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Why Vite

The Problems

Before ES modules were available in browsers, developers had no native mechanism for authoring JavaScript in a modularized fashion. This is why we are all familiar with the concept of "bundling": using tools that crawl, process and concatenate our source modules into files that can run in the browser.

Over time we have seen tools like webpack, Rollup and Parcel, which greatly improved the development experience for frontend developers.

However, as we build more and more ambitious applications, the amount of JavaScript we are dealing with is also increasing dramatically. It is not uncommon for large scale projects to contain thousands of modules. We are starting to hit a performance bottleneck for JavaScript based tooling: it can often take an unreasonably long wait (sometimes up to minutes!) to spin up a dev server, and even with Hot Module Replacement (HMR), file edits can take a couple of seconds to be reflected in the browser. The slow feedback loop can greatly affect developers' productivity and happiness.

Vite aims to address these issues by leveraging new advancements in the ecosystem: the availability of native ES modules in the browser, and the rise of JavaScript tools written in compile-to-native languages.

Slow Server Start

When cold-starting the dev server, a bundler-based build setup has to eagerly crawl and build your entire application before it can be served.

Vite improves the dev server start time by first dividing the modules in an application into two categories: dependencies and source code.

  • Dependencies are mostly plain JavaScript that do not change often during development. Some large dependencies (e.g. component libraries with hundreds of modules) are also quite expensive to process. Dependencies may also be shipped in various module formats (e.g. ESM or CommonJS).

    Vite pre-bundles dependencies using esbuild. esbuild is written in Go and pre-bundles dependencies 10-100x faster than JavaScript-based bundlers.

  • Source code often contains non-plain JavaScript that needs transforming (e.g. JSX, CSS or Vue/Svelte components), and will be edited very often. Also, not all source code needs to be loaded at the same time (e.g. with route-based code-splitting).

    Vite serves source code over native ESM. This is essentially letting the browser take over part of the job of a bundler: Vite only needs to transform and serve source code on demand, as the browser requests it. Code behind conditional dynamic imports is only processed if actually used on the current screen.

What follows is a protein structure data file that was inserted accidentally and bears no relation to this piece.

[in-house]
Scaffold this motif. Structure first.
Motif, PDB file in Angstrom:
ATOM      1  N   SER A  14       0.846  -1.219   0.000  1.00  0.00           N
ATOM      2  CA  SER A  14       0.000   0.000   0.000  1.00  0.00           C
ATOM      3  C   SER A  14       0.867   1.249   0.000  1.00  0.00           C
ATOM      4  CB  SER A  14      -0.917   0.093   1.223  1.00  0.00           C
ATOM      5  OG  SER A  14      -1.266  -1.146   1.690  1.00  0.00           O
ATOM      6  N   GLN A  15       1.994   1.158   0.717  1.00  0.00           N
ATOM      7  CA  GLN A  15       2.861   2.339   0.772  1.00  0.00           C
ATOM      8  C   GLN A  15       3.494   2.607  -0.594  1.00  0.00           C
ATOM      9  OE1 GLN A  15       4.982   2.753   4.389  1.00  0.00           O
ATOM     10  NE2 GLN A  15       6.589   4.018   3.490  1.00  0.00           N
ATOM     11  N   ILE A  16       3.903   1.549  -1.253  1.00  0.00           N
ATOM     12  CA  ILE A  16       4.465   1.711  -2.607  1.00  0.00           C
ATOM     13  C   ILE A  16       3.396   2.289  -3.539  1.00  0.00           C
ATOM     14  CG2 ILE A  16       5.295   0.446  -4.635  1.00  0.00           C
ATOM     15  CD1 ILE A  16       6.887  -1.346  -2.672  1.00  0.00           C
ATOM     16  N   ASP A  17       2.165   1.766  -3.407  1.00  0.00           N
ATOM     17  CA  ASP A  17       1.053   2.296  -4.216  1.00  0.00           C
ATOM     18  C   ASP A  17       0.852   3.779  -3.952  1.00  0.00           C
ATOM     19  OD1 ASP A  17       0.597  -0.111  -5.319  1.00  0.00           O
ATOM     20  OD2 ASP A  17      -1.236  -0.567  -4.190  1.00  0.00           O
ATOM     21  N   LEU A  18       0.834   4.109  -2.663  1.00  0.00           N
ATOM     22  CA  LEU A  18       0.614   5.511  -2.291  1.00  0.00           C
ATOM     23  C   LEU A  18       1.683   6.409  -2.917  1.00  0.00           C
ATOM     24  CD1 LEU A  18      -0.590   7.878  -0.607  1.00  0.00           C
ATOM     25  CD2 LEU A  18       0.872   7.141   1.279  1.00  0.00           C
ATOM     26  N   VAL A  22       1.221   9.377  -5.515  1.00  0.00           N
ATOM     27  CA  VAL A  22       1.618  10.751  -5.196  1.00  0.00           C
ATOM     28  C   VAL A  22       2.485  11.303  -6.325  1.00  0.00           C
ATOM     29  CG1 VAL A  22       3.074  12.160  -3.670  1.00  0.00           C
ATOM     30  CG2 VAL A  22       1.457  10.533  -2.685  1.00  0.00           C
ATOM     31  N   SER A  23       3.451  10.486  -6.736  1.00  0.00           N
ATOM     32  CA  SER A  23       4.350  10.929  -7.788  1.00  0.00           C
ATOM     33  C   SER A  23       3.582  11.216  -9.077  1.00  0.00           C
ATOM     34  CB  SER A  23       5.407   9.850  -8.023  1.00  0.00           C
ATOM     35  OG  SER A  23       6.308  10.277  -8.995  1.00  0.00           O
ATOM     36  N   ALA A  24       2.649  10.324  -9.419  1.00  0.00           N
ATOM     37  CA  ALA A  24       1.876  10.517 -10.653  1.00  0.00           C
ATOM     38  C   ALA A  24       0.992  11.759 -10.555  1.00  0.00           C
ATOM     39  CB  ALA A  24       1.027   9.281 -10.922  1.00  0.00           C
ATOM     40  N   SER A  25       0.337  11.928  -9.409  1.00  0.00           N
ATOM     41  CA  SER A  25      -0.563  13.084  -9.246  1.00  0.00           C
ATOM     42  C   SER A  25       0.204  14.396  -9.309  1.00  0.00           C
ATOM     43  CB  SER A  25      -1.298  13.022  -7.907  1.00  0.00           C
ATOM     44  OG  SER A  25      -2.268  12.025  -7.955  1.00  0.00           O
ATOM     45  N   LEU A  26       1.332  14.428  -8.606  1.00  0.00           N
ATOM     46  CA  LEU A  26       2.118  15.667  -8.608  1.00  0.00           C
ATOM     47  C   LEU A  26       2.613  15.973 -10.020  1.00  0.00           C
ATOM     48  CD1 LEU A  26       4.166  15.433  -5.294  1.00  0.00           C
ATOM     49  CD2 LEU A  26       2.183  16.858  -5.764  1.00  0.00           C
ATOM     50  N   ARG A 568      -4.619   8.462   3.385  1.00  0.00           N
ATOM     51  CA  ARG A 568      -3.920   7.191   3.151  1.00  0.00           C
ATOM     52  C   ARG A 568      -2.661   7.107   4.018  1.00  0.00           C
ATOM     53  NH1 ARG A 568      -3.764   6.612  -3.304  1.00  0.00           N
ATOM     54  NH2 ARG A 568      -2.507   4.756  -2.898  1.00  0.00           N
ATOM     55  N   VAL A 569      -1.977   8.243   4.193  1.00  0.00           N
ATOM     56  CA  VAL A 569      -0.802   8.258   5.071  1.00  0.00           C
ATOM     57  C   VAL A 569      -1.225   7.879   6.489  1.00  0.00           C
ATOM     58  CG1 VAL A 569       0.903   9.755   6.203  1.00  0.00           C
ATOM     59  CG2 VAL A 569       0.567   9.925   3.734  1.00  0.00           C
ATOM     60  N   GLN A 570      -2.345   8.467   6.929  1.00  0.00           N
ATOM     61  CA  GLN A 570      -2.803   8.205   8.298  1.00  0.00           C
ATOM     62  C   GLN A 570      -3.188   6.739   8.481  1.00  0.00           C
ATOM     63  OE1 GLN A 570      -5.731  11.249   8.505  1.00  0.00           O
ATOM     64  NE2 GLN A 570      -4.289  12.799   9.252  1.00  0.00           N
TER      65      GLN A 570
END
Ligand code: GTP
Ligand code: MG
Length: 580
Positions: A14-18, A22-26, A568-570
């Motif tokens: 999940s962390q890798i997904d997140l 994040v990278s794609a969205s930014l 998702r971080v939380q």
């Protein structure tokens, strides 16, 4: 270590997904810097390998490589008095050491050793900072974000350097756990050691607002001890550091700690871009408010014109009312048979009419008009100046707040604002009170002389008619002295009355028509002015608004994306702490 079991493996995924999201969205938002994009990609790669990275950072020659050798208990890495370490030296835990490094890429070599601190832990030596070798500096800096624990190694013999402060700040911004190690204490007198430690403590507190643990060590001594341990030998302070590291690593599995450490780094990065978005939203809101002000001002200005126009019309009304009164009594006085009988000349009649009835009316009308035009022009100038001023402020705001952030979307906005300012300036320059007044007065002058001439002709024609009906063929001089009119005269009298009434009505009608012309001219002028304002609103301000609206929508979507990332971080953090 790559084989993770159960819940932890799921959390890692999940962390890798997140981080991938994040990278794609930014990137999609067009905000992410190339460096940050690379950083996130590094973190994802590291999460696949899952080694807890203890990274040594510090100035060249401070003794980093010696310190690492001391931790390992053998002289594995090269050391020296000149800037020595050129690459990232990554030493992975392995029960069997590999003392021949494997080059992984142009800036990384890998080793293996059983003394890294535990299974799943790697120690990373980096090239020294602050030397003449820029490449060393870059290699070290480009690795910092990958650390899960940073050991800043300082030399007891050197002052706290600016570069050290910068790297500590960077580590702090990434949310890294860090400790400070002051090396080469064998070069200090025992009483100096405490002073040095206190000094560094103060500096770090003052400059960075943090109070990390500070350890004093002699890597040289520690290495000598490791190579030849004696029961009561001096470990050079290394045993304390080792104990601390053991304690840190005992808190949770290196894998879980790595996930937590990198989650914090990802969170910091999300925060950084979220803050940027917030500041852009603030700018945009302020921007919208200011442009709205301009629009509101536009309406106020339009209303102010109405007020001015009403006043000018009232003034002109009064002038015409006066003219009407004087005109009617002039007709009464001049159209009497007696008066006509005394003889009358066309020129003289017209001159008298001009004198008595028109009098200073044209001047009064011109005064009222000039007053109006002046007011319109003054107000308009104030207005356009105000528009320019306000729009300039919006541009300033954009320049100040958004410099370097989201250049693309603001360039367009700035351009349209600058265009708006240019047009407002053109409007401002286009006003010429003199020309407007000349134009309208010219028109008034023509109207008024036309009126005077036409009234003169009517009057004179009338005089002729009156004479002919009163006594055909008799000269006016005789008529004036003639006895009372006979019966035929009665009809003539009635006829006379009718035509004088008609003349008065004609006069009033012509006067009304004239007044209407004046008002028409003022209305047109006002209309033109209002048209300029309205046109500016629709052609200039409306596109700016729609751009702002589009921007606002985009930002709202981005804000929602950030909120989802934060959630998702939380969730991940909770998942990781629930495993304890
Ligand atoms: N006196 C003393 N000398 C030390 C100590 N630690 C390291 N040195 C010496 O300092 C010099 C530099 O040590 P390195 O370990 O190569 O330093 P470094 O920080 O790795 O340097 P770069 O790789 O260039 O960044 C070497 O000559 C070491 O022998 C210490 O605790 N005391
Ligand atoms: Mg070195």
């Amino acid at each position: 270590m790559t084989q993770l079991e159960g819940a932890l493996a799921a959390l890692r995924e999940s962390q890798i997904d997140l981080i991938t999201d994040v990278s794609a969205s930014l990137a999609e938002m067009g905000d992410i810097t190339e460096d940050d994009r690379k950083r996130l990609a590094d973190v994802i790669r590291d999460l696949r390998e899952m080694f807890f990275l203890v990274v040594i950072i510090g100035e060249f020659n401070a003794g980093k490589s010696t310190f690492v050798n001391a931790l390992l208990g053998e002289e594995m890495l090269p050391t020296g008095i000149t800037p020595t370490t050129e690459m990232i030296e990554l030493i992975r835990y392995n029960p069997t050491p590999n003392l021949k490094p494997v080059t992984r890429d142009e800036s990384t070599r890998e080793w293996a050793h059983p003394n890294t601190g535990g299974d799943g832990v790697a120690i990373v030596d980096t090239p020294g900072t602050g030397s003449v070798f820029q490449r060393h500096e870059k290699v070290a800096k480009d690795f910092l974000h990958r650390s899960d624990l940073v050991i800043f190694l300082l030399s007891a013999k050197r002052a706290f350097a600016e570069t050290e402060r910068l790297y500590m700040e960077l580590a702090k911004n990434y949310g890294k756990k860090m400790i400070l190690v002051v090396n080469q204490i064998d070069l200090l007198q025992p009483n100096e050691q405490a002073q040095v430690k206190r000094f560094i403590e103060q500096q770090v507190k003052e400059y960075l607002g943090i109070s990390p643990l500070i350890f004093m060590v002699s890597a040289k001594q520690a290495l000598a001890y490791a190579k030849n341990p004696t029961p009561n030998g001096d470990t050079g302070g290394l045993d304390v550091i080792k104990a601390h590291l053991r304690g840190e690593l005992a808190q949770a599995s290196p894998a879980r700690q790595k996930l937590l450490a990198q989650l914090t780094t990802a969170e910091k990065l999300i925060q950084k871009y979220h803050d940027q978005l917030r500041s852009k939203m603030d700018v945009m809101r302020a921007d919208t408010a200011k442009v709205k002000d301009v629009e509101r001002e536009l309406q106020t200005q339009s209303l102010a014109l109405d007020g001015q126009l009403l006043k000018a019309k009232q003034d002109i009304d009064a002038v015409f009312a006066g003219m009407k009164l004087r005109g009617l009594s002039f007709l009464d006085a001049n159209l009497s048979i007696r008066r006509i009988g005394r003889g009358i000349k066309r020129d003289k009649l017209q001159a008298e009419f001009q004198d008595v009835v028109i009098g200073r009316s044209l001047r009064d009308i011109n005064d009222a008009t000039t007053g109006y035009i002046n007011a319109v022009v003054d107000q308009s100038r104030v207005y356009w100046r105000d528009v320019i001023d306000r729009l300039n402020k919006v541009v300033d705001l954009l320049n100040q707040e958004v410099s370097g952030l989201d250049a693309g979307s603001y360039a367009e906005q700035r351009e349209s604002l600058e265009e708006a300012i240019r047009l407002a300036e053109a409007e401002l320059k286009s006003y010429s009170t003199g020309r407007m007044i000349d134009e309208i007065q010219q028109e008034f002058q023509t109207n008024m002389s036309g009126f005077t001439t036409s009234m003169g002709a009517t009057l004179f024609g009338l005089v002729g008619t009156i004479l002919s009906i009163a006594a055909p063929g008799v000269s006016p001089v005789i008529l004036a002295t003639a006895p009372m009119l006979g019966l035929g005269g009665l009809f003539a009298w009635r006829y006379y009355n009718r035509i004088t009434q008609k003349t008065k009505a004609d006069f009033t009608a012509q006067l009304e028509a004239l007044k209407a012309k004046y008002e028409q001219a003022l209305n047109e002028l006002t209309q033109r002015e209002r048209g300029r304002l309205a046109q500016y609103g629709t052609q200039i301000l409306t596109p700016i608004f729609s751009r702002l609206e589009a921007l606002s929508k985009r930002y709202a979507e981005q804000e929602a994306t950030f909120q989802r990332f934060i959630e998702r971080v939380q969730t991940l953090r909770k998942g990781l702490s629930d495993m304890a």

Bundle based dev server entry ··· route route module module module module ··· Bundle Server ready
Native ESM based dev server entry ··· route route module module module module ··· Server ready Dynamic import (code split point) HTTP request

Slow Updates

When a file is edited in a bundler-based build setup, it is inefficient to rebuild the whole bundle for obvious reasons: the update speed will degrade linearly with the size of the app.

In some bundlers, the dev server runs the bundling in memory so that it only needs to invalidate part of its module graph when a file changes, but it still needs to re-construct the entire bundle and reload the web page. Reconstructing the bundle can be expensive, and reloading the page blows away the current state of the application. This is why some bundlers support Hot Module Replacement (HMR): allowing a module to "hot replace" itself without affecting the rest of the page. This greatly improves DX - however, in practice we've found that even HMR update speed deteriorates significantly as the size of the application grows.

In Vite, HMR is performed over native ESM. When a file is edited, Vite only needs to precisely invalidate the chain between the edited module and its closest HMR boundary (most of the time only the module itself), making HMR updates consistently fast regardless of the size of your application.

Vite also leverages HTTP headers to speed up full page reloads (again, let the browser do more work for us): source code module requests are made conditional via 304 Not Modified, and dependency module requests are strongly cached via Cache-Control: max-age=31536000,immutable so they don't hit the server again once cached.

Once you experience how fast Vite is, we highly doubt you'd be willing to put up with bundled development again.

Why Bundle for Production

Even though native ESM is now widely supported, shipping unbundled ESM in production is still inefficient (even with HTTP/2) due to the additional network round trips caused by nested imports. To get the optimal loading performance in production, it is still better to bundle your code with tree-shaking, lazy-loading and common chunk splitting (for better caching).

Ensuring optimal output and behavioral consistency between the dev server and the production build isn't easy. This is why Vite ships with a pre-configured build command that bakes in many performance optimizations out of the box.

Why Not Bundle with esbuild?

While esbuild is extremely fast and is already a very capable bundler for libraries, some of the important features needed for bundling applications are still work in progress - in particular code-splitting and CSS handling. For the time being, Rollup is more mature and flexible in these regards. That said, we won't rule out the possibility of using esbuild for production builds when it stabilizes these features in the future.

How is Vite Different from X?

You can check out the Comparisons section for more details on how Vite differs from other similar tools.

Released under the MIT License. (eda4df3b)